For a content creator such as myself, the modern fast-paced environment that’s now at home poses a lot of challenges in terms of being able to deliver in time. I found out that having more space to work with almost always boosts my productivity. Not having to fiddle around with switching windows and tabs saves a lot of time and improves the overall workflow, and lets me focus on what’s more important.
Speaking of tools, the ZenBook Pro Duo was one of the most unique devices of its time, offering those who can get it, the flexibility of having two screens in one laptop. Now, there’s a new version that offers numerous improvements, such as a more capable CPU and GPU, and a beautiful OLED display.
The ZenBook Pro Duo 15 OLED comes in typical ASUS packaging – a black box with some branding. It’s got a handle up top, which makes it easy to carry around, despite the weight.
As you open the box, the laptop, wrapped in plastic, slightly rises so you can easily get it out of the box. You’ll find a dedicated box for the power cable and brick, another box that contains standard documentation, and a digital pen. Our review unit did not come with a battery for it, so I had to pick one up from another device. It also comes with a similarly themed wrist rest.
Just as one would expect from a flagship, the ZenBook Pro Duo 15 OLED is an eye-candy, despite having a more “formal” look that drops all that bling that the ROG Zephyrus Duo has. Its sheer size is more than enough to make heads turn the moment you place it on a desk, and at 2.40 kg, it can be quite an exercise to move around.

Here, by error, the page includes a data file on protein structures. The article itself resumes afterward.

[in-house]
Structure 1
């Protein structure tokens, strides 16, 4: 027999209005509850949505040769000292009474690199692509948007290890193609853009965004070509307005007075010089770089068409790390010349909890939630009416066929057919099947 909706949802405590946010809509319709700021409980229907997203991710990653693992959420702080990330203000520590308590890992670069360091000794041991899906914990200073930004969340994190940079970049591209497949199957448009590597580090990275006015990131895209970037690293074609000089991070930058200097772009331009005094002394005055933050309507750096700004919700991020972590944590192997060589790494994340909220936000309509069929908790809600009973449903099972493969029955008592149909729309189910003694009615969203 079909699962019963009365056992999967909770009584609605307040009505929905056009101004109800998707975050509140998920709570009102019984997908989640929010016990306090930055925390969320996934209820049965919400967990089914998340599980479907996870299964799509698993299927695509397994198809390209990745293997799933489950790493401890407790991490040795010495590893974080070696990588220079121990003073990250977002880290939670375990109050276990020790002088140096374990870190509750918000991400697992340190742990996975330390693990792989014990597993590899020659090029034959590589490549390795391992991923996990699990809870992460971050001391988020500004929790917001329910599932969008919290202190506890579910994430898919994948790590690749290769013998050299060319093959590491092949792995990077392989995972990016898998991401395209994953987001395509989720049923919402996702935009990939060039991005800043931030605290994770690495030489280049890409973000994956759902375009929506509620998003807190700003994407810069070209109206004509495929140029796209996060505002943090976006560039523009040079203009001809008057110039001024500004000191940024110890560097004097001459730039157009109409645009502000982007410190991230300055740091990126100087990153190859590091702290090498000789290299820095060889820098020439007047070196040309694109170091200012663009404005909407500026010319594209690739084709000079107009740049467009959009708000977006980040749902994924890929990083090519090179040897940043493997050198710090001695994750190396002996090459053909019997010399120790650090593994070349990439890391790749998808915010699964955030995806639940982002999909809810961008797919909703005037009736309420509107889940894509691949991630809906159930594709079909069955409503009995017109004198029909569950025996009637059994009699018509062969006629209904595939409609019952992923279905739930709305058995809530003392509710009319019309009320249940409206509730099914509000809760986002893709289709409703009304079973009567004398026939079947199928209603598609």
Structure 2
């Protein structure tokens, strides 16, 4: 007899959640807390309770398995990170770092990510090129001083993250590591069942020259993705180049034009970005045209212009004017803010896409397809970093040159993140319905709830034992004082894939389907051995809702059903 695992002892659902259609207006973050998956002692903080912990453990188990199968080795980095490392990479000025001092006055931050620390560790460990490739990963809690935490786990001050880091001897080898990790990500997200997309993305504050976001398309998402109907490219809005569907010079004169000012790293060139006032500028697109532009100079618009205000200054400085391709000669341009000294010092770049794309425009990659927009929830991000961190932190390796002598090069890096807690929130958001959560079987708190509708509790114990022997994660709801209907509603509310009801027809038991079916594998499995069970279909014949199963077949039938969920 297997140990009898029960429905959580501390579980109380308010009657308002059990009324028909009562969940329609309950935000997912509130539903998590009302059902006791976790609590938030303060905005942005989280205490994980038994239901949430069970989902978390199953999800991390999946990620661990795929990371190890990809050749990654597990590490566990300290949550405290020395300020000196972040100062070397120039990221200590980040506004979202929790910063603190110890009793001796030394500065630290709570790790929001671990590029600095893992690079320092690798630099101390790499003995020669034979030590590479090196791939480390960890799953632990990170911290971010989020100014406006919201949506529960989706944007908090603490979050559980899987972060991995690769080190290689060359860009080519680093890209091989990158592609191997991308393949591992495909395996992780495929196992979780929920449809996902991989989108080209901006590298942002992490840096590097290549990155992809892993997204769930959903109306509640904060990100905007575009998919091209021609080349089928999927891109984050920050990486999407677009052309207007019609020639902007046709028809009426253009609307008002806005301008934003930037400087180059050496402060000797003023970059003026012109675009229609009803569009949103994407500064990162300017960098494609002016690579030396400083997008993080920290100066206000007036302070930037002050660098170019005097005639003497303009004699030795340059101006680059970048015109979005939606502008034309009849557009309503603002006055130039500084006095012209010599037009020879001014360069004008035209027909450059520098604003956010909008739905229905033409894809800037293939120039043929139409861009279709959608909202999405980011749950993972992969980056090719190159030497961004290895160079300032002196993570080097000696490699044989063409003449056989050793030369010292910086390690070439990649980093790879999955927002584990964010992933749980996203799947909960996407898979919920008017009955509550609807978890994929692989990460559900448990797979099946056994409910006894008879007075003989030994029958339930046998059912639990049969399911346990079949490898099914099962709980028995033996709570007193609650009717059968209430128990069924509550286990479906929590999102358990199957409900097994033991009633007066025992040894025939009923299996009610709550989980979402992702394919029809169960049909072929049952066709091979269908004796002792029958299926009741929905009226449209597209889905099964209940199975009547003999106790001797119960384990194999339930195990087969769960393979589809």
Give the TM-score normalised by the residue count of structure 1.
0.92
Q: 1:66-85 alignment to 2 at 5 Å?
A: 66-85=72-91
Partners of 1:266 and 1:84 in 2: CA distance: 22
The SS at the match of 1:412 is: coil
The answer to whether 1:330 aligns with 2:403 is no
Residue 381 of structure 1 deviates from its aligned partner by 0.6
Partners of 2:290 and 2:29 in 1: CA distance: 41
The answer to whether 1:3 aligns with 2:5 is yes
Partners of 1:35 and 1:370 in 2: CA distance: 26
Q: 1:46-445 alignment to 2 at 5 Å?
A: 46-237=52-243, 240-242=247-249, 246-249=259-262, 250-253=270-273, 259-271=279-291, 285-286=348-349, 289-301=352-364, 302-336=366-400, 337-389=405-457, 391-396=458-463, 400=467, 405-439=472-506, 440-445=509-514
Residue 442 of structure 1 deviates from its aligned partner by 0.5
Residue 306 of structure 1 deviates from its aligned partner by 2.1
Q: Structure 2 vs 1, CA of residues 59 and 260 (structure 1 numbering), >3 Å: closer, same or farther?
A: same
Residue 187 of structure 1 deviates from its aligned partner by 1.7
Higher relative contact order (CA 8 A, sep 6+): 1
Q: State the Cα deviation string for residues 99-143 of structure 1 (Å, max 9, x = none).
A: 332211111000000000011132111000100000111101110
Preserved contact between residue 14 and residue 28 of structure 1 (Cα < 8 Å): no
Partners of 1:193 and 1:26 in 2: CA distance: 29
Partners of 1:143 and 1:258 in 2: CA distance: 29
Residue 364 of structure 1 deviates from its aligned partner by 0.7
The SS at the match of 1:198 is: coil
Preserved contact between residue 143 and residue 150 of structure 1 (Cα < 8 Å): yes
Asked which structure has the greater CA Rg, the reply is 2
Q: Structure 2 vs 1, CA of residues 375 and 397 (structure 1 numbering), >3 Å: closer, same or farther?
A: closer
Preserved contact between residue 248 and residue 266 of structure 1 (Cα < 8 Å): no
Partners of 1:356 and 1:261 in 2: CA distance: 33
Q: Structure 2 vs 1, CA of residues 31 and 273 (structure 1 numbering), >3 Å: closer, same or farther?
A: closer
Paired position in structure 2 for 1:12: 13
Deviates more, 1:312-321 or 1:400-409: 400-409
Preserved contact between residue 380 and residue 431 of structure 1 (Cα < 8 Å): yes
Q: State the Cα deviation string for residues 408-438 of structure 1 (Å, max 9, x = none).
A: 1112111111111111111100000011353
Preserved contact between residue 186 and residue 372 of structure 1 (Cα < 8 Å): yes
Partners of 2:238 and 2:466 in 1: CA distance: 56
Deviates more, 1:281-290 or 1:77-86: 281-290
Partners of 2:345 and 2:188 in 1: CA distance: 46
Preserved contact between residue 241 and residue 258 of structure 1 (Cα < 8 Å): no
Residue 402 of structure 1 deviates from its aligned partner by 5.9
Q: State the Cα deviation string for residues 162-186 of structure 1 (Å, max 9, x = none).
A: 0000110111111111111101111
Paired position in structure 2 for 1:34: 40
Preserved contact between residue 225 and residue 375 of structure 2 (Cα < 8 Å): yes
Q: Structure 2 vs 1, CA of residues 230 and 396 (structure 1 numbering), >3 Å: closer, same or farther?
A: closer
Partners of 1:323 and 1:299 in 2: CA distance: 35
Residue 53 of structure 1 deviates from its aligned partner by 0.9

You get the usual thematic ASUS branding on the lid along with a brushed metal surface – something uniform across the ZenBook lineup. Upfront, the thicker bezels are noticeable, especially the one on top, top accommodate the front camera.
There’s a touch of Intel Branding, along with the ASUS ZenBook monicker at the bottom of the ScreenPad Plus. Keyboard Layout is similar to what you’d get from the ZenBook 13, which means you can access commands like Page Up and Page down using the Fn key. The touchpad is smaller than what you’ll get on the 13-inch ZenBook, and can also be instantly converted into a calculator.
The keyboard is backlit, with three levels of brightness to choose from. The typing experience is the same as well, at lease for the few pieces I’ve published on this thing – soft and silent.
Despite its massive size, the ZenBook Pro Duo 15 OLED only has one USB Type-A port, which means you’ll have to use a dongle to connect more than just a mouse. Most of the extra space on the side have been turned into exhaust units.
You get two Thunderbolt 3 USB-C ports, an HDMI 2.1 port, and a 3.5mm headphone jack. For a productivity-focused laptop, it’s a bit strange for me that this thing also doesn’t have a microSD card reader. I don’t know, that’s something I always use to transfer files. Maybe they think that USB Card Readers work better or something.
Of course, the bread and butter of this laptop are its displays. The main one is a touch-enabled, Pantone-Validated 15.6-inch OLED panel with UHD resolution and covers 100% of the DCI-P3 color gamut.